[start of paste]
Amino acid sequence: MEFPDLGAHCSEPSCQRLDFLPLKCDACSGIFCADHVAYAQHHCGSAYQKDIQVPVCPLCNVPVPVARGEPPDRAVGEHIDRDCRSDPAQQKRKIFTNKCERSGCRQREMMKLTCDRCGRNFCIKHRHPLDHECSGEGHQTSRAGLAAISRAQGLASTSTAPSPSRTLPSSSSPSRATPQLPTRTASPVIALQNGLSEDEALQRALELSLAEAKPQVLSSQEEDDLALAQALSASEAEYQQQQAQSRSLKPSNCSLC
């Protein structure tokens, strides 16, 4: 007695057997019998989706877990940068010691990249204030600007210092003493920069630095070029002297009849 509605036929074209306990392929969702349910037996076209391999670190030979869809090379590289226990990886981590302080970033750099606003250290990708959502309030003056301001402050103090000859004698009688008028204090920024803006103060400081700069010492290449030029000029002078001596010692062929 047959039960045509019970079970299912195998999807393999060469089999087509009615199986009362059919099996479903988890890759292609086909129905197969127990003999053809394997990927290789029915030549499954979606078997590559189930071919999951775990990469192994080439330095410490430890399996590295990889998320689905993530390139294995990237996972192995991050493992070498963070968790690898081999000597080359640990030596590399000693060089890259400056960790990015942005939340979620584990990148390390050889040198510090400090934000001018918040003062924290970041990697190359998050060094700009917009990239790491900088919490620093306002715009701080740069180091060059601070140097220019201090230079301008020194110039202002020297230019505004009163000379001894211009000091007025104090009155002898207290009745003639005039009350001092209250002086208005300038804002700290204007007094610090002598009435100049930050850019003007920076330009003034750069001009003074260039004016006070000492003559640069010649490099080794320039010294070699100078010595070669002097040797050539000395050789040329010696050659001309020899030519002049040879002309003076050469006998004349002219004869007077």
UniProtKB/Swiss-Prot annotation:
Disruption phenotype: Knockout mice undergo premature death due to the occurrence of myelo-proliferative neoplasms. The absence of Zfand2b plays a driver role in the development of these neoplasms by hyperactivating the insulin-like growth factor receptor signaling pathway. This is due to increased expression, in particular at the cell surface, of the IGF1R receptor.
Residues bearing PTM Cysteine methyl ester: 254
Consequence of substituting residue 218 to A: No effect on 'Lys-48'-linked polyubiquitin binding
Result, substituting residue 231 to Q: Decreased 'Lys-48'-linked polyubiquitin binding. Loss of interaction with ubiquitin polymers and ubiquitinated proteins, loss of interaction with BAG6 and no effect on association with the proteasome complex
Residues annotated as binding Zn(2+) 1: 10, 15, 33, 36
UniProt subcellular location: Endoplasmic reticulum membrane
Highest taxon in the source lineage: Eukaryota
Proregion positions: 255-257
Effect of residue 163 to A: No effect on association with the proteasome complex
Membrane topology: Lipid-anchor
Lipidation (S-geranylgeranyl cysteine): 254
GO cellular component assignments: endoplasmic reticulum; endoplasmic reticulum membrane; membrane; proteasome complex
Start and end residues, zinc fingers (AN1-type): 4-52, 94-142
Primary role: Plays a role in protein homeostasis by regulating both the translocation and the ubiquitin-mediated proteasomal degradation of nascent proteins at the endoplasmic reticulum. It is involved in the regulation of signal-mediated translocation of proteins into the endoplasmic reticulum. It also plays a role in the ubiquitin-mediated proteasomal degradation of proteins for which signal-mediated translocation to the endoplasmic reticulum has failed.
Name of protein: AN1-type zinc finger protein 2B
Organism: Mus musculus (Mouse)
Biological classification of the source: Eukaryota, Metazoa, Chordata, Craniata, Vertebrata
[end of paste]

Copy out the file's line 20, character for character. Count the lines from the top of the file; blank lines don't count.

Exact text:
Biological classification of the source: Eukaryota, Metazoa, Chordata, Craniata, Vertebrata